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Lookup NU author(s): Dr Rob DudleyORCiD,
Dr Urs Mosimann,
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Background: Visual hallucinations (VH) are a common experience and can be distressing and disabling, particularly for people suffering from psychotic illness. However, not everyone with visual hallucinations reports the experience to be distressing. Models of VH propose that appraisals of VH as a threat to wellbeing and the use of safety seeking behaviours help maintain the distress. Aims: This study investigated whether people with distressing VH report threat appraisals and use safety behaviours. Method: The study utilized a single group descriptive design, in which 15 participants with psychosis and VH were asked questions in order to assess the content, distress, appraisals, and behaviours associated with visual hallucinations. Results: People who found visual hallucinations distressing (n = 13) held negative appraisals about those hallucinations and specifically saw them as a threat to their physical or psychological wellbeing. They also engaged in safety seeking behaviours that were logically related to the appraisal and served to maintain the distress. Conclusions: People with distressing VH regard them as a threat to their wellbeing and use safety seeking behaviours as a result of this perceived threat. These key processes are potential targets for treatments that will alleviate the distress associated with VH.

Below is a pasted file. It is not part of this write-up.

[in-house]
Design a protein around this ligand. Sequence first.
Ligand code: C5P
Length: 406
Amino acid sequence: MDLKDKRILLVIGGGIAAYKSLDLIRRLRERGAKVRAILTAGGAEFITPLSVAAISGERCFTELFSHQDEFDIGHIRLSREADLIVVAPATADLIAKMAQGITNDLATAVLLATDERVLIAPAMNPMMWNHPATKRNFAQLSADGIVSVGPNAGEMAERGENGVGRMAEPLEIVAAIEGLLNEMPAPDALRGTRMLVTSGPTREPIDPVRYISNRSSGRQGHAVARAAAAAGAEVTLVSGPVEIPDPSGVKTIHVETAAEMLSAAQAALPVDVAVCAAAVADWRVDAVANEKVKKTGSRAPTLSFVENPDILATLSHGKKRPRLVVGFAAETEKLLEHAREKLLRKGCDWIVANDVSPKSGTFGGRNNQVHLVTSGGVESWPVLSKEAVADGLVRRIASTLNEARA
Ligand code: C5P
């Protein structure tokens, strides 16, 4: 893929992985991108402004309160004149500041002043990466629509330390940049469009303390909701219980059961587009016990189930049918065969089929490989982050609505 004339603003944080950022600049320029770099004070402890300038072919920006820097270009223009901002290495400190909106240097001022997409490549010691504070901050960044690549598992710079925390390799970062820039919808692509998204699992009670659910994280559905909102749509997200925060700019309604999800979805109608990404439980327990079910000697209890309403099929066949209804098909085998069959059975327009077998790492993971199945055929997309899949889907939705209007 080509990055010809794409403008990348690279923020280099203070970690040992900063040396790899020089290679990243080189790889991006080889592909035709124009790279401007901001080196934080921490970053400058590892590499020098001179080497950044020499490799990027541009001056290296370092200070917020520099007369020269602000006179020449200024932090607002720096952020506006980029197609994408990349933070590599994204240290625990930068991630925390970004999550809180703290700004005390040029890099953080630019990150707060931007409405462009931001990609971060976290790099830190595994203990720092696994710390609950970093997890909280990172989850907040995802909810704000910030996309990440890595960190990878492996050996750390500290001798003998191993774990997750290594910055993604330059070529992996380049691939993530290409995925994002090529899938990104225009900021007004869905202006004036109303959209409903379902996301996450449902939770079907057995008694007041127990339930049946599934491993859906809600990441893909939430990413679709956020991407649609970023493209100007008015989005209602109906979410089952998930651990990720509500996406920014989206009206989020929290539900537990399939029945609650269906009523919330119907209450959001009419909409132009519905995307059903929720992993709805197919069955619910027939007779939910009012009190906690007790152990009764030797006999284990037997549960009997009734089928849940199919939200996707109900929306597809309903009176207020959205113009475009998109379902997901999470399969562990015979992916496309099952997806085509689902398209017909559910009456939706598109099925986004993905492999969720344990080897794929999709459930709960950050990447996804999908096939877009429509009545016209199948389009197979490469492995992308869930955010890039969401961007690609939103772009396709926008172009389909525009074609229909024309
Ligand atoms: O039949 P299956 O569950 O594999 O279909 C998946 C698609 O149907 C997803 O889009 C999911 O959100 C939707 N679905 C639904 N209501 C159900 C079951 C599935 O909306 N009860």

Author(s): Dudley R, Wood M, Spencer H, Brabban A, Mosimann UP, Collerton D
Publication type: Article
Publication status: Published
Journal: Behavioural and Cognitive Psychotherapy
Print publication date: 10/02/2012
ISSN (print): 1352-4658
ISSN (electronic): 1469-1833
Publisher: Cambridge University Press
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